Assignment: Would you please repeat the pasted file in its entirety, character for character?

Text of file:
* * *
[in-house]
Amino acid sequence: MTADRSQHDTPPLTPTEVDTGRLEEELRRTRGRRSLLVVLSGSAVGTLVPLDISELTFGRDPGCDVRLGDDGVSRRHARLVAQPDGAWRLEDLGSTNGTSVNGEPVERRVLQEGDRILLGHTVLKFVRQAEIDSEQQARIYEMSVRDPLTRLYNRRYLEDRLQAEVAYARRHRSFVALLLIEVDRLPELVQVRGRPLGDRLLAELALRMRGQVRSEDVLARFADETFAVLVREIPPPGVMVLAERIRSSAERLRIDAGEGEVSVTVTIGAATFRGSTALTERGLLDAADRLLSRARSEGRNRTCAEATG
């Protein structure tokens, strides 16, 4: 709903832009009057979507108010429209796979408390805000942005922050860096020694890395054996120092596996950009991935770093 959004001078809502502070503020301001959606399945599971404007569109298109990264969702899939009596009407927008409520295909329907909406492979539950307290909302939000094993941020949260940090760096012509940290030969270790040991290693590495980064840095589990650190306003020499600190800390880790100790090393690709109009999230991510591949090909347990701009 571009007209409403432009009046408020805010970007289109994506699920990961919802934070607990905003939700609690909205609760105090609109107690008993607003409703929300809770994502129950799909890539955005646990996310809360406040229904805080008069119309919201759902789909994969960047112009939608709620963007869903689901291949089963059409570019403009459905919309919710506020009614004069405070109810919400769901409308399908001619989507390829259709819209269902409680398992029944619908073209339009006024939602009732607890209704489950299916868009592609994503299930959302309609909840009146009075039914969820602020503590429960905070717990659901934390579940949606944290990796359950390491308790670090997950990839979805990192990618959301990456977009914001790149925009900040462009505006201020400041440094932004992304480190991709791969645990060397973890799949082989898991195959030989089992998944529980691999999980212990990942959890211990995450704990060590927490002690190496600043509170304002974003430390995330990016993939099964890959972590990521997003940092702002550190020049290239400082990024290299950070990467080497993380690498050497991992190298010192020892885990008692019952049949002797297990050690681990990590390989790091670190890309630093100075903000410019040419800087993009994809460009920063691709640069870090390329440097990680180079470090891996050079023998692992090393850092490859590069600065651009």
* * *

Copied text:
[in-house]
Amino acid sequence: MTADRSQHDTPPLTPTEVDTGRLEEELRRTRGRRSLLVVLSGSAVGTLVPLDISELTFGRDPGCDVRLGDDGVSRRHARLVAQPDGAWRLEDLGSTNGTSVNGEPVERRVLQEGDRILLGHTVLKFVRQAEIDSEQQARIYEMSVRDPLTRLYNRRYLEDRLQAEVAYARRHRSFVALLLIEVDRLPELVQVRGRPLGDRLLAELALRMRGQVRSEDVLARFADETFAVLVREIPPPGVMVLAERIRSSAERLRIDAGEGEVSVTVTIGAATFRGSTALTERGLLDAADRLLSRARSEGRNRTCAEATG
């Protein structure tokens, strides 16, 4: 709903832009009057979507108010429209796979408390805000942005922050860096020694890395054996120092596996950009991935770093 959004001078809502502070503020301001959606399945599971404007569109298109990264969702899939009596009407927008409520295909329907909406492979539950307290909302939000094993941020949260940090760096012509940290030969270790040991290693590495980064840095589990650190306003020499600190800390880790100790090393690709109009999230991510591949090909347990701009 571009007209409403432009009046408020805010970007289109994506699920990961919802934070607990905003939700609690909205609760105090609109107690008993607003409703929300809770994502129950799909890539955005646990996310809360406040229904805080008069119309919201759902789909994969960047112009939608709620963007869903689901291949089963059409570019403009459905919309919710506020009614004069405070109810919400769901409308399908001619989507390829259709819209269902409680398992029944619908073209339009006024939602009732607890209704489950299916868009592609994503299930959302309609909840009146009075039914969820602020503590429960905070717990659901934390579940949606944290990796359950390491308790670090997950990839979805990192990618959301990456977009914001790149925009900040462009505006201020400041440094932004992304480190991709791969645990060397973890799949082989898991195959030989089992998944529980691999999980212990990942959890211990995450704990060590927490002690190496600043509170304002974003430390995330990016993939099964890959972590990521997003940092702002550190020049290239400082990024290299950070990467080497993380690498050497991992190298010192020892885990008692019952049949002797297990050690681990990590390989790091670190890309630093100075903000410019040419800087993009994809460009920063691709640069870090390329440097990680180079470090891996050079023998692992090393850092490859590069600065651009």